This week Paul and Quinns are excited to examine Lowlands, a svelte and confident sheep farming game in the style of venerable designer Uwe Rosenberg, BUT WITH A TWIST. At the end of the game your herds might wash away in a dreadful storm.
Only one question remains. What wool they think of it?
Quinns: Hey all! Some final reminders of where you can see us at this week’s big show in Indianapolis.
Our extravagant live stage show will be on Thursday at 10am. The good news is, they gave us the main stage that seats 1,200 people! The bad news is, that’s the same exact time the main hall opens. You know, the one with all the games in?
To make the most of what we’re calling “the death slot”, we’re planning to give you our early impressions on some VERY hyped games, like Detective: A Modern Crime Board Game, Disney’s Villainous, even the bizarre creation that is Cryptozoic’s Wallet. Why not come along to this first, and THEN hit the hall when you know which games to queue for?
At 3pm that same day we’ll be doing a bit of work as presenters, revealing some upcoming videogame adaptations of board games at What’s New at Asmodee Digital With Shut Up & Sit Down. Come along for at least one announcement that blew my mind when I first heard about it…
Paul: Welcome back once again, dear readers, to the Games News lab, where fresh Games News stories are grown in special hydroponic vats and tended carefully until, at last, they are ready to be released to-
Quinns: ANOTHER ONE’S ESCAPED.
Paul: QUARANTINE PROTOCOL GAMMA. ENGAGE DEFENSE TURRETS. EVACUATE THE BIODOME. THE WORLD ISN’T READY FOR THE NEWS OF GEN7.
Good grief, this is two weeks in a row that Plaid Hat games are leading our Games News, but Gen7 is none other than the second “Crossroads” game. In other words, it’s the long-awaited spiritual sequel to Dead of Winter.
Quinns: Gen7 will tell a branching story about the 7th generation on a generation ship, bound for a distant planet. Difficult moral and tactical choices will abound, and I daresay the different players might have different ideas about what will be best to do.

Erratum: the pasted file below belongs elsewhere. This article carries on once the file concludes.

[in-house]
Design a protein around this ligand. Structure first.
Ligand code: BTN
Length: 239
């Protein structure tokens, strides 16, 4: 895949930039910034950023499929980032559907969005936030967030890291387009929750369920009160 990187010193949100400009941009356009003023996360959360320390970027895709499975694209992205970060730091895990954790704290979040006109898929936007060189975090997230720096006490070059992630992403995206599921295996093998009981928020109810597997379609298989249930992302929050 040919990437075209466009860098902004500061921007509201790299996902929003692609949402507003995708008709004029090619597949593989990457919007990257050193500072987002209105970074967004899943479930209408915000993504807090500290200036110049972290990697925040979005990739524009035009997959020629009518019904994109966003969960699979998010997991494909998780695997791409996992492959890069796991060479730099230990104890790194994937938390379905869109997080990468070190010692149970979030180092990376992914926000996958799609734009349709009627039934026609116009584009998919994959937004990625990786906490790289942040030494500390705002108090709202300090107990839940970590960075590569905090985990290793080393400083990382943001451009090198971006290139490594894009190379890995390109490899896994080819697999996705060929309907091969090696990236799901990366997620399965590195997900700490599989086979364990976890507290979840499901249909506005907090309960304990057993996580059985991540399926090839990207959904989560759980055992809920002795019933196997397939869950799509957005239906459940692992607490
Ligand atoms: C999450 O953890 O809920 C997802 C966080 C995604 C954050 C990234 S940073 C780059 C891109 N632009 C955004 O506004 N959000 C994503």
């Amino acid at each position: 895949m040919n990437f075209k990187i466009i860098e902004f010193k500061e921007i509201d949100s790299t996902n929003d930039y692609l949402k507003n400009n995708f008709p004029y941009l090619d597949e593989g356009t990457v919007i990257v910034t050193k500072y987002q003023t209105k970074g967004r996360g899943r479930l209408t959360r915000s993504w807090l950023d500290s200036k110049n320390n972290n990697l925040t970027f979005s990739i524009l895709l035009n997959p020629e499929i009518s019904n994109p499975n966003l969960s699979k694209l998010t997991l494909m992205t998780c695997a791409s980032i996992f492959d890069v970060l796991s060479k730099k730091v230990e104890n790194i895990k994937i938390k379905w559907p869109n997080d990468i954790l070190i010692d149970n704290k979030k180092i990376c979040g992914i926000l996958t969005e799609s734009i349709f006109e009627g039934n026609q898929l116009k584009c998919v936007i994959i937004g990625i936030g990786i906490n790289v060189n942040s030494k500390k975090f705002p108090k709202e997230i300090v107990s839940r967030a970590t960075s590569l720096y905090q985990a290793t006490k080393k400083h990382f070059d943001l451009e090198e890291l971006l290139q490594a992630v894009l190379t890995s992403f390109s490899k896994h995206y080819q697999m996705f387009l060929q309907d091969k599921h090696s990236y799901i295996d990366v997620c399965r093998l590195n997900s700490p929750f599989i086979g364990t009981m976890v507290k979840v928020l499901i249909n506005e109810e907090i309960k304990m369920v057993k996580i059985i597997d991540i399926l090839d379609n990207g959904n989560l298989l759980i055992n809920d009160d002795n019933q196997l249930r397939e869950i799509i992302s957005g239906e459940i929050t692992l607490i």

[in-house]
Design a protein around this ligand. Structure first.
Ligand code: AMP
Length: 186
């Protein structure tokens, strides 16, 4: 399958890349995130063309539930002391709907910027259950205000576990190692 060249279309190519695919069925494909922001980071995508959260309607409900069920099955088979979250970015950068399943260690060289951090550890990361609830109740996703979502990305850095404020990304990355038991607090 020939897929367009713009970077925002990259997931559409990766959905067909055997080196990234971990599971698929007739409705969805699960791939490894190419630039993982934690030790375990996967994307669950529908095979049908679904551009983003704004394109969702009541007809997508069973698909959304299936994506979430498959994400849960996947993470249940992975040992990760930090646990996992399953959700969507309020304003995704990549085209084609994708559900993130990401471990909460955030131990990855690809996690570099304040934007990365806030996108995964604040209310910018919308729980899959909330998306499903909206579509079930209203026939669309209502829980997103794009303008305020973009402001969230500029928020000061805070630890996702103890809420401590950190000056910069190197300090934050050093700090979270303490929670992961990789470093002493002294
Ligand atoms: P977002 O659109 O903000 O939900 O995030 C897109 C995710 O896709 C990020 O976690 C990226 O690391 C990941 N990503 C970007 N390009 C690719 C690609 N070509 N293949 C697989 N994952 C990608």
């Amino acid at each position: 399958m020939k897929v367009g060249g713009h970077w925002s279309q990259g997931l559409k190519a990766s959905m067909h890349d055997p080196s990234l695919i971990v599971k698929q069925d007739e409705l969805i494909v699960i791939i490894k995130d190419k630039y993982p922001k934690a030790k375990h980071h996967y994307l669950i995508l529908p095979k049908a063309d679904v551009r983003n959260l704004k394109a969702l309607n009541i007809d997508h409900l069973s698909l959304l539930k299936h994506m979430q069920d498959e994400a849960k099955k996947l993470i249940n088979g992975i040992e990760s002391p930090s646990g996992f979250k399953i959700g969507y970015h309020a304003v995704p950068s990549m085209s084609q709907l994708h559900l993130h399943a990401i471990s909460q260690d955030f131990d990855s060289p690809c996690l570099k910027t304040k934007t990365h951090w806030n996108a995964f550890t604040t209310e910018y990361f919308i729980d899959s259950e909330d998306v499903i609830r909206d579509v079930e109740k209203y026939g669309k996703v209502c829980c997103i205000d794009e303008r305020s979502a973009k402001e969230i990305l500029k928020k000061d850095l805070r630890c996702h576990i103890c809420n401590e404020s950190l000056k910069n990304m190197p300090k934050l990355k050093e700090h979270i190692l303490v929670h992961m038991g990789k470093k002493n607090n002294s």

Paul: And that’s not all from Plaid Hat!
Following in the footsteps of storybook-based Stuffed Fables, Comanauts sends “more mature” players on a narrative-heavy journey through the mind of a man in a coma, with the objective of waking him so he can save the world from a black hole. Like Stuffed Fables, it’s also a co-operative game and again the work of designer Jerry Hawthorne, also the mind behind Mice & Mystics.
Quinns: While nothing Plaid Hat has produced recently has blown us over, there’s no doubt that their strong narratives and polished presentation has appealed to many. Will Comanauts, Neon Gods or Gen7 capture our hearts once again? We’ll just have to see.
GenCon is just around the corner, Paul! Is there anything on show you’re particularly looking forward to?
Paul: I’m keeping my mind (and my soul) open, because I like surprises but, like infamous Italian architecture, I am already leaning slightly. Follow my motion and you’ll see me inclined toward Expancity, a game of city-building in both the horizontal and the vertical.
After players lay down commercial and residential districts, they can gradually build skyscrapers and condos, scoring points for coy placement, as well as gigantic construction. I like laying tiles and I also kind of like towers, so this immediately appeals.
Quinns: This week I was VERY happy to see the announcement of an expansion for Meeple Circus, The Wild & Aerial Show.
As you might have guessed from our Let’s Play of Meeple Circus, I think this game is pots of fun. I just wish it was a little longer and trickier, with just a little more stuff in the box. The Wild & Aerial Show looks set to fix all of that, and early copies will be available at Gen Con this week. Excitement!
Paul: I tell you what other news might appeal to you this week, and that is the Kickstarter for Tim Fowers’ Sabotage. After we so roundly enjoyed Paperback and Hardback. Burgle Bros and Fugitive, we can’t help but have one eye on Sabotage. This is a game for two teams of two, one team sneaking into the lair of the other, and it promises to be “completely asymmetric,” with the sneaky saboteurs trying to subvert the villains’ trap-filled lair.